HAL5's Project HALO - Sky Launch 2

SL2 Rocket Prep SL2 Balloon Prep SL2 Rocket Dead

On June 20, 1998, the Huntsville Alabama L5 Society (HAL5) chapter of the National Space Society (NSS) attempted its first mission for Phase 2 of Project HALO (High Altitude Lift-Off -- with Project HALO Sky Launch 2. A heroic effort to reach space on June 20, 1998!

[ Attempt 1 Web Site (historical) | Attempt 2 Web Site (historical) ]

HAL5 attempted its first launch of a larger, more powerful, hybrid rocket on Saturday, June 20, 1998, in the first of two planned joint missions with the NASA Marshall Space Flight Center. Despite a heroic effort by the team at sea and on shore, the mission ended with a launch failure.

First the avionics canister (the white and gray striped can just below in the red nozzle in the photo above left) at the end new launch rod, and later the video downlink antenna, got snagged on the wooden rocket cradle (see above left), as the released balloon (see above center) climbed straight up into the sky. The jolts from the double snagging threw the rocket off the foot-long pin on the launch rod, sending it careening onto the deck of the at-sea barge (see above right), on loan from NASA. The barge suffered absolutely no damage from this minor impact. Fortunately, no one was injured -- the rocket oxidizer tank did not even leak -- and the avionics/payload canister survived intact and was working fine even after the impact with the deck!

The propulsion section of the rocket got banged up a bit but was later deemed to be refliable with new valving. One of three rocket fins was damaged beyond repair. A similar-sized rocket fin was later purchased from HARC, who had one leftover from its CATS-Prize attempt. The rocket avionics/payload canister is in fine shape and ready to fly. The balloon avionics canister, however, landed in the Gulf of Mexico, and was totally corroded by exposure to salt water. The HALO team still hopes to fly the SL-2 rocket at some point in the future, although perhaps with a different launch method (e.g., gondola) than the launch rod.


When and Where

Dates:


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Where

Purpose of Project HALO

The purpose of Project HALO is to make access to space more affordable for students, amateurs, experimenters, and researchers. It is combination technical and educational program. The program is divided into several phases. All phases have opportunities for student involvement at all grade levels. See the Project HALO Home Page for more details.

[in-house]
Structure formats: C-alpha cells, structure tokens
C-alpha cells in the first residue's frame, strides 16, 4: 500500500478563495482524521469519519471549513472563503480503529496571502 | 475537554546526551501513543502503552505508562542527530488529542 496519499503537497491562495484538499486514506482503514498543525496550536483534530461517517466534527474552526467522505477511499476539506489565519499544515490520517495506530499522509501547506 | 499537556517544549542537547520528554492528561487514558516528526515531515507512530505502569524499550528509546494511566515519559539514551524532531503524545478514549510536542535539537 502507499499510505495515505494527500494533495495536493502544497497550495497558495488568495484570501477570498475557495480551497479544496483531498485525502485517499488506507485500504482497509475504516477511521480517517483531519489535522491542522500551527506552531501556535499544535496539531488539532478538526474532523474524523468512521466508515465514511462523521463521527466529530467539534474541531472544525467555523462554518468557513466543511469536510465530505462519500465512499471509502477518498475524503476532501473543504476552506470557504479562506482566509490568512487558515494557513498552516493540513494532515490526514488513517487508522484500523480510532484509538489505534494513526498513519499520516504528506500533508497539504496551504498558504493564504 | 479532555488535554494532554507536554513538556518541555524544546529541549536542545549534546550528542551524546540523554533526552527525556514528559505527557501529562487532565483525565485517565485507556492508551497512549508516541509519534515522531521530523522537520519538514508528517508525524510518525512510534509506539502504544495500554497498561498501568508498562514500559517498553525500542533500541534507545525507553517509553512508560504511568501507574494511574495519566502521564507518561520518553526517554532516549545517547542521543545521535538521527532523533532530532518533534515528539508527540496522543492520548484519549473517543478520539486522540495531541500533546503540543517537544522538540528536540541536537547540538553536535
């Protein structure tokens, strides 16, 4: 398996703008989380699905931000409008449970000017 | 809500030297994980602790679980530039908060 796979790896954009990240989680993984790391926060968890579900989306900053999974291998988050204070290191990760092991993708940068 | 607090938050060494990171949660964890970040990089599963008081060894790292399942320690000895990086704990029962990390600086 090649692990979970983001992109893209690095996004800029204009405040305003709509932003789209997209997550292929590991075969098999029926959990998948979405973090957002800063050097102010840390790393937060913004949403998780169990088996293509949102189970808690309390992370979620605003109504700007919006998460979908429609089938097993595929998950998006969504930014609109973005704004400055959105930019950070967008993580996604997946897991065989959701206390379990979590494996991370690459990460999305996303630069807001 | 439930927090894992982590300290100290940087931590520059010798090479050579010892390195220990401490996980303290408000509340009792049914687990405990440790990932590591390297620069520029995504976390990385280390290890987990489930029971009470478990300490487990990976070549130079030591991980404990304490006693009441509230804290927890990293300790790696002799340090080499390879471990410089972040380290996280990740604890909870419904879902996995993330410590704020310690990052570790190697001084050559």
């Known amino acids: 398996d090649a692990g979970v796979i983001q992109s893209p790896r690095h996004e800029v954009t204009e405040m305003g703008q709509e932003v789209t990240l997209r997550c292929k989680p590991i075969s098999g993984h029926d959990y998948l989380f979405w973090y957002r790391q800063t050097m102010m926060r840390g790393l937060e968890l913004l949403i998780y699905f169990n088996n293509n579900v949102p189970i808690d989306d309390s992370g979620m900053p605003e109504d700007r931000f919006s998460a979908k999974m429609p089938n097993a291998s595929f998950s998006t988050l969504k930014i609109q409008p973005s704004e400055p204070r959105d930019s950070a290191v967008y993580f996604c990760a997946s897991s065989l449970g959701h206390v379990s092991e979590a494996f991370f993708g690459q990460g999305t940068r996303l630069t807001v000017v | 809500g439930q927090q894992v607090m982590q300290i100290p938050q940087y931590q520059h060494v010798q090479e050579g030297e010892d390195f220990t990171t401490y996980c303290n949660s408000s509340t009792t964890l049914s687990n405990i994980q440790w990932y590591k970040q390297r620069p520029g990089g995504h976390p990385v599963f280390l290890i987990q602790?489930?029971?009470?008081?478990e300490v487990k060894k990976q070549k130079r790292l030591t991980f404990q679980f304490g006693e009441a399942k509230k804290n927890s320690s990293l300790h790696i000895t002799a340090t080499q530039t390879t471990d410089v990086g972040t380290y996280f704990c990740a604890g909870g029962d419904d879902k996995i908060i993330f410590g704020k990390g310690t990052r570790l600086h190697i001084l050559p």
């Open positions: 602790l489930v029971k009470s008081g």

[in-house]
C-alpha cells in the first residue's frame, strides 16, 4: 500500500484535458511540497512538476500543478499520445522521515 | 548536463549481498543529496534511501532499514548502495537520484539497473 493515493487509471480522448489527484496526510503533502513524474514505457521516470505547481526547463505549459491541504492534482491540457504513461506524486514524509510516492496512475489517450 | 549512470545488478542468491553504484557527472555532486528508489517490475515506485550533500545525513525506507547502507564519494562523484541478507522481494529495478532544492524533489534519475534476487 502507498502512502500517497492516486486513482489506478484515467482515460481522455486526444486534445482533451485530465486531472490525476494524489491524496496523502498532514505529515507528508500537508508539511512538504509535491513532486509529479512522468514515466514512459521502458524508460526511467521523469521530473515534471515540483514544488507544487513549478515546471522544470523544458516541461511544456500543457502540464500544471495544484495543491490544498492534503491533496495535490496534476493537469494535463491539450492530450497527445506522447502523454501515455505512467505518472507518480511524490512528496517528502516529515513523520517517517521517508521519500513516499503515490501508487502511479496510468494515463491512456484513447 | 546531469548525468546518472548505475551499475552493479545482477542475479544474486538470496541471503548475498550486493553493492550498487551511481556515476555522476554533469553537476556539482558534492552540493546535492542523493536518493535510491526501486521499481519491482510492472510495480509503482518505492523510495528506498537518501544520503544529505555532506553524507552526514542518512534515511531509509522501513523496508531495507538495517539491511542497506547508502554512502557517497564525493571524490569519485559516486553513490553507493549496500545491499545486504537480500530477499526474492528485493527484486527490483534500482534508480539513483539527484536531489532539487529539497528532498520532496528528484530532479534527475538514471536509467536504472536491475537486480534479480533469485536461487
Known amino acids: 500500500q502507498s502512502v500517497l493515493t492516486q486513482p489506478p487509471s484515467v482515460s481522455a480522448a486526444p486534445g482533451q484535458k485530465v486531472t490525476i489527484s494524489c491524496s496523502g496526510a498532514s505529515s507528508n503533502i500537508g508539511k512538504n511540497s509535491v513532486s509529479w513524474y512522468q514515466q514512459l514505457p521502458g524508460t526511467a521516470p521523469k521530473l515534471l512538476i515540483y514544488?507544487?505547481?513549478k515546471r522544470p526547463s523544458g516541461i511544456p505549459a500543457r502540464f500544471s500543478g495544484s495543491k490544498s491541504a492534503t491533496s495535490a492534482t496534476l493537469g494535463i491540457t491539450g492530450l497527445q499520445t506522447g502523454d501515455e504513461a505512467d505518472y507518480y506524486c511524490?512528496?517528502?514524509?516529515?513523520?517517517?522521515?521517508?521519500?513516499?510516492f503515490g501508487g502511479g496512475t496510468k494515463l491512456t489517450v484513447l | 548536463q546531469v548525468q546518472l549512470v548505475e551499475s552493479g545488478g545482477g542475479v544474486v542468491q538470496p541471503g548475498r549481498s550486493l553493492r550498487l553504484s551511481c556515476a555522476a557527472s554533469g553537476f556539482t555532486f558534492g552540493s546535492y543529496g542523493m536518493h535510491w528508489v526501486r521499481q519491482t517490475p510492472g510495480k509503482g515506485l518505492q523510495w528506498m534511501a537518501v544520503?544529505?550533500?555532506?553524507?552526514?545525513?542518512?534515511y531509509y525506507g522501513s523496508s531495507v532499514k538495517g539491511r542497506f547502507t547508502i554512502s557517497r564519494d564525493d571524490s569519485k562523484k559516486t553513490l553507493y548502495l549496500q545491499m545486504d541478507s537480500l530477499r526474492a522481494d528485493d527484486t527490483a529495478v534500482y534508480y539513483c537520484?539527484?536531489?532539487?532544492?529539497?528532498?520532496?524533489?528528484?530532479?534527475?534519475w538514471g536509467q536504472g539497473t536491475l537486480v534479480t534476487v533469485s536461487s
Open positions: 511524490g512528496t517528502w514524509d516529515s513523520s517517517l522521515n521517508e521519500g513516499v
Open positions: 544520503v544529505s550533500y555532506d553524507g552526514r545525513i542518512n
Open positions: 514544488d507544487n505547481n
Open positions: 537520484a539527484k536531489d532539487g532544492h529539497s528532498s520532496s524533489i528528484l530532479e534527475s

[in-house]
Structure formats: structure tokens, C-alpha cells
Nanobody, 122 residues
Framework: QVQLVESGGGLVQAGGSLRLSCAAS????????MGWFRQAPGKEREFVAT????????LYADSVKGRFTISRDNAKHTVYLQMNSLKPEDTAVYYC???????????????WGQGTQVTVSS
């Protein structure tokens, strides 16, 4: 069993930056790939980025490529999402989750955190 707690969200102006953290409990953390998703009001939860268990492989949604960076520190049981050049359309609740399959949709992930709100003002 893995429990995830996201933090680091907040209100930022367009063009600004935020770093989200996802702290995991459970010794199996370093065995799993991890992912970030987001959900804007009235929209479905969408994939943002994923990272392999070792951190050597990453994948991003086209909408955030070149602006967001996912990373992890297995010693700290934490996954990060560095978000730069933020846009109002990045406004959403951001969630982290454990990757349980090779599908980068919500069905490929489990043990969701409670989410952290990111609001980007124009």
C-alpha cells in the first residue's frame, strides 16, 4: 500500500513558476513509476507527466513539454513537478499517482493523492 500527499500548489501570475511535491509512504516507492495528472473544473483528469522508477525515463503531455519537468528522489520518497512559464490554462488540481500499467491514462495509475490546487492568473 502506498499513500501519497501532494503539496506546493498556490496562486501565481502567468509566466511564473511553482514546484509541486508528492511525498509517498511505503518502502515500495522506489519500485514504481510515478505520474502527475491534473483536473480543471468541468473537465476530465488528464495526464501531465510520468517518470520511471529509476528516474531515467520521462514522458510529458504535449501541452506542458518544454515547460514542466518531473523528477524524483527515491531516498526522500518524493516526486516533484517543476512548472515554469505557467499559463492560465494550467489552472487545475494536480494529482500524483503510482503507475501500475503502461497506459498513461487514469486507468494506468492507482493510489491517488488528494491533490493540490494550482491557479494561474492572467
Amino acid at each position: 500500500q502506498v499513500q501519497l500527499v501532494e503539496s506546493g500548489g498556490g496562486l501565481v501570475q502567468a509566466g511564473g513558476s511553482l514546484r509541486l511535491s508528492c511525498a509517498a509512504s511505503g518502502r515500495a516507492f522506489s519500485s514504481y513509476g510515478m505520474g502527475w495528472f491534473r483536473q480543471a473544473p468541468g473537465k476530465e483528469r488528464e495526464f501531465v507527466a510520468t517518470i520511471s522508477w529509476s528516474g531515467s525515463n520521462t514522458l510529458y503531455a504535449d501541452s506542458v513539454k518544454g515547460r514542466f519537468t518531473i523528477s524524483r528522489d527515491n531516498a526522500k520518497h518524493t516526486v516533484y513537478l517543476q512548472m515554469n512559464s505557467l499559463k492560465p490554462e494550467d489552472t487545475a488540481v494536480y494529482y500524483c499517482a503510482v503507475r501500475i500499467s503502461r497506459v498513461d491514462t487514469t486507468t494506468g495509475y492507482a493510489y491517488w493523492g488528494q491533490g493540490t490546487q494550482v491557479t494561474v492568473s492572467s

Goals of HALO Sky Launch 2

Project HALO Sky Launch 2 marks the first major milestone for Project HALO Phase 2, Operational Rockoons. As such, this launch attempt represents the first test for Project HALO to provide a capability for launching student payloads.

GOALS OF HALO SKY Launch 2
Primary Goals of HALO Sky Launch 2
Launch the balloon without damaging the balloon, gondola, or rocket
Maintain the temperature inside the oxidizer tank to high altitude
Successfully launch the rocket from the balloon by command uplink
Successfully track the balloon gondola throughout its flight, as feasible
Successfully track the rocket throughout its flight, as feasible
Verify computer predictions using data transmitted from rocket
Have the rocket exceed an altitude of 50 nautical miles (nmi) (USA-defined "space" recognized by NASA/USAF/industry = 92.6 km = 57.5 mi)
Benefits of Meeting Primary Goals
Gain confidence to proceed onto Project HALO Phase 2b
Have one success from which to approach potential donors and clients
Honors for Exceeding the 50 Nautical Mile Mark
First amateur group to get their own rocket into space (per U.S. convention)
First group (amateur or professional) to get a hybrid rocket into space (per U.S. convention)
Secondary Goals of HALO Sky Launch 2
Have the rocket exceed an altitude of 100 kilometers (km) (IAF-defined "space" recognized internationally = 54.0 nmi = 62.1 mi)
Recover the rocket, whether or not it fires
Recover the balloon gondola, especially if it is bringing back the rocket
Recover rocket electronics and payload intact
Benefits of Meeting Secondary Goals
Have one success from which to approach potential donors and clients
Can place the recovered rocket in a museum (how about the Air & Space?)
Can inspect recovered rocket and/or gondola for damage
Can recover valuable electronics for future reuse
Can deliver recovered student payload back to provider
Can recover "space-qualified" HAL5 membership cards
Honors of Meeting Secondary Goals
First amateur group to get their own rocket into space (per IAF convention)
First group (amateur or professional) to get a hybrid rocket into space (per IAF convention)
First amateur rocket recovered from space
First payload carried into space by an amateur rocket
First payload recovered from an amateur rocket launched into space
First organization with truly "space-qualified" membership cards
Potential Records from Getting into Space
Highest altitude achieved by an amateur rocket (by any means)
Highest altitude achieved by an amateur rocket launched from a balloon (rockoon)
Highest altitude achieved by an hybrid-motor rocket (any organization)
Highest altitude achieved by an amateur hybrid-motor rocket
Least expensive rocket-to-space program, start to first flight -- (less than $ TBD)
Least expensive rocket space mission, manufacturing and operations -- (less than $ TBD)

Technical Details

SL2 Mission

SL-2 Mission Overview

Gondola

SL-2 Balloon Gondola Description

SL2 Rocket

SL-2 Rocket Description

Reports and Press Releases


Modified from original version for the web.